• Music: Listening to music at high volumes is a pretty common practice. Doing this on a consistent basis can frequently result in tinnitus symptoms.

People often mistakenly believe hearing damage will only happen at extreme volume levels. As a result, it’s essential to use hearing protection before you think you might need it. Noise induced tinnitus symptoms can often be avoided altogether by doing this.

If I’m experiencing tinnitus, what should I do?

So, does tinnitus resolve? Perhaps, in some instances. But your symptoms may be permanent in some instances. Initially, it’s basically impossible to tell which is which. Likewise, just because your tinnitus has reseeded doesn’t mean that noise damage hasn’t happened, leading to an increased risk of chronic tinnitus in the future.

People often underestimate the minimum volume that damage begins to occur, which is the most significant contributing factor to its development. Damage has probably already occurred if you’re experiencing tinnitus. This means that there are several things that you should do to change your environment so as to prevent more irreparable damage.

For example, you could try:

  • Stop damage by utilizing hearing protection like earplugs or earmuffs. You can also get some amount of protection from noise canceling headphones.
  • Decreasing the volume of your environment when possible. For instance, you could shut the windows if you live in a loud area or turn off industrial equipment that is not in use.
  • Reducing the amount of time you spend in loud environments without giving your ears a chance to recuperate.

Managing symptoms

Lots of individuals who experience persistent tinnitus find the symptoms to be enormously distracting and uncomfortable. This prompts them to try and find a way to ease the intensity of their symptoms.

If you hear a buzzing or ringing sound, it’s essential to schedule an appointment, especially if the sound won’t go away. We can help you determine the best way to handle your particular situation. For the majority of cases of chronic tinnitus, there’s no cure. Here are a few ways to manage the symptoms:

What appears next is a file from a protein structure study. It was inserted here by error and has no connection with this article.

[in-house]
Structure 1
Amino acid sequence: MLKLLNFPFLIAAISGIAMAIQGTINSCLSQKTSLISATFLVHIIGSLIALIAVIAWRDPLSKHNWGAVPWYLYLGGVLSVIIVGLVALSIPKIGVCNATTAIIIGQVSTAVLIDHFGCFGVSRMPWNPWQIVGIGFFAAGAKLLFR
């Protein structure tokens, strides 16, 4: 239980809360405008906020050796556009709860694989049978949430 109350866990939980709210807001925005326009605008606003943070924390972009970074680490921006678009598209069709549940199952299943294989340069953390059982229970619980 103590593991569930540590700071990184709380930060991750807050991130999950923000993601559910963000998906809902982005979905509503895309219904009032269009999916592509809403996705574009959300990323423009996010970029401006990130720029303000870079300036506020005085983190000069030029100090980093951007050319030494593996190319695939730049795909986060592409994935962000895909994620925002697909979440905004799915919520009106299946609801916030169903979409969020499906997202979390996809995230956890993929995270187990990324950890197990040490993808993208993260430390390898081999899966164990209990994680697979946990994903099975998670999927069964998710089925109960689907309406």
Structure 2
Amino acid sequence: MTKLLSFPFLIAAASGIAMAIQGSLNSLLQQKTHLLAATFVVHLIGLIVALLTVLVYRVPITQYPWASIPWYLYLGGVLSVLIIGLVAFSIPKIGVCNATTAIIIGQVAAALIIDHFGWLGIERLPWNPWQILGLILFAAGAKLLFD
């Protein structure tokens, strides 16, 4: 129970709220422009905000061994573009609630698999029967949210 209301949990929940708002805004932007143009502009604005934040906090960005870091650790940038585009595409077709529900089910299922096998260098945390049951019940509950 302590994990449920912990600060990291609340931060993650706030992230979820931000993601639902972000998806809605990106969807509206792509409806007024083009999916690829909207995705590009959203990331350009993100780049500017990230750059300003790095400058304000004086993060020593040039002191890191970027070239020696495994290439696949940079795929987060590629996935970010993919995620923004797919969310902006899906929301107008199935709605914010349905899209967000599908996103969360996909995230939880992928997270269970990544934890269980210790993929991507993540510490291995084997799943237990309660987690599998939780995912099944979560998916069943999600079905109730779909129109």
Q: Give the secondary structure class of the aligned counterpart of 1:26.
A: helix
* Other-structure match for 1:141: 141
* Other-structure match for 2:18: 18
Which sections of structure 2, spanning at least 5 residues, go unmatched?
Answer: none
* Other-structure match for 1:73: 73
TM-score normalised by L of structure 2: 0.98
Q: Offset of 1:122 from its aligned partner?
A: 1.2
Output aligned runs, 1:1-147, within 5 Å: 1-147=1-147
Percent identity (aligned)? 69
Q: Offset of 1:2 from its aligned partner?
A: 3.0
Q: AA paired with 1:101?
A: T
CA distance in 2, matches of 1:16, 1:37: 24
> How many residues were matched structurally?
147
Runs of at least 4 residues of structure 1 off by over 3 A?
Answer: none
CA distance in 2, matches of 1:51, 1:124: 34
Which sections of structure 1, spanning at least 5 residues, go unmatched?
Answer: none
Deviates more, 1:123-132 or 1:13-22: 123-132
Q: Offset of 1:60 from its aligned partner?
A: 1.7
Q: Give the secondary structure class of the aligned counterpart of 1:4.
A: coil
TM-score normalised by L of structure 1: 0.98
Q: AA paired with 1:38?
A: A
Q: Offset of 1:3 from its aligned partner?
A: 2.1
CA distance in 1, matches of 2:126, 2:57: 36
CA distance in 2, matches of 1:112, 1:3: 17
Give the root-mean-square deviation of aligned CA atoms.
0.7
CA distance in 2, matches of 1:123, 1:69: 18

• Retraining therapy: In some situations, you can work with a specialist to retrain your ears, slowly modifying the way you process sound.
  • Hearing aid: This can help amplify outside sounds and, as a result, drown out the ringing or buzzing created by tinnitus.
  • White noise devices: Utilizing a white noise device around your house can help you tune out your tinnitus in some cases.
  • Relaxation techniques: Tinnitus symptoms can sometimes be worsened by high blood pressure. So taking a little time to relax (with meditation, for instance) can sometimes help reduce your tinnitus symptoms.
  • Masking device: This is a device that fits like a hearing aid and plays sounds to mask your symptoms. The precise calibration of your device will depend on your specific symptoms.

There’s no cure for tinnitus. A great first step would be to safeguard your hearing by controlling your environment.

But tinnitus can be managed and managed. Depending on your lifestyle, your hearing, and your tinnitus, we’ll be able to develop a specific treatment plan for you. A white noise machine, for many, might be all that’s needed. In other cases, a more intensive approach might be necessary.

Learn how to best control your tinnitus by making an appointment right away!

The site information is for educational and informational purposes only and does not constitute medical advice. To receive personalized advice or treatment, schedule an appointment.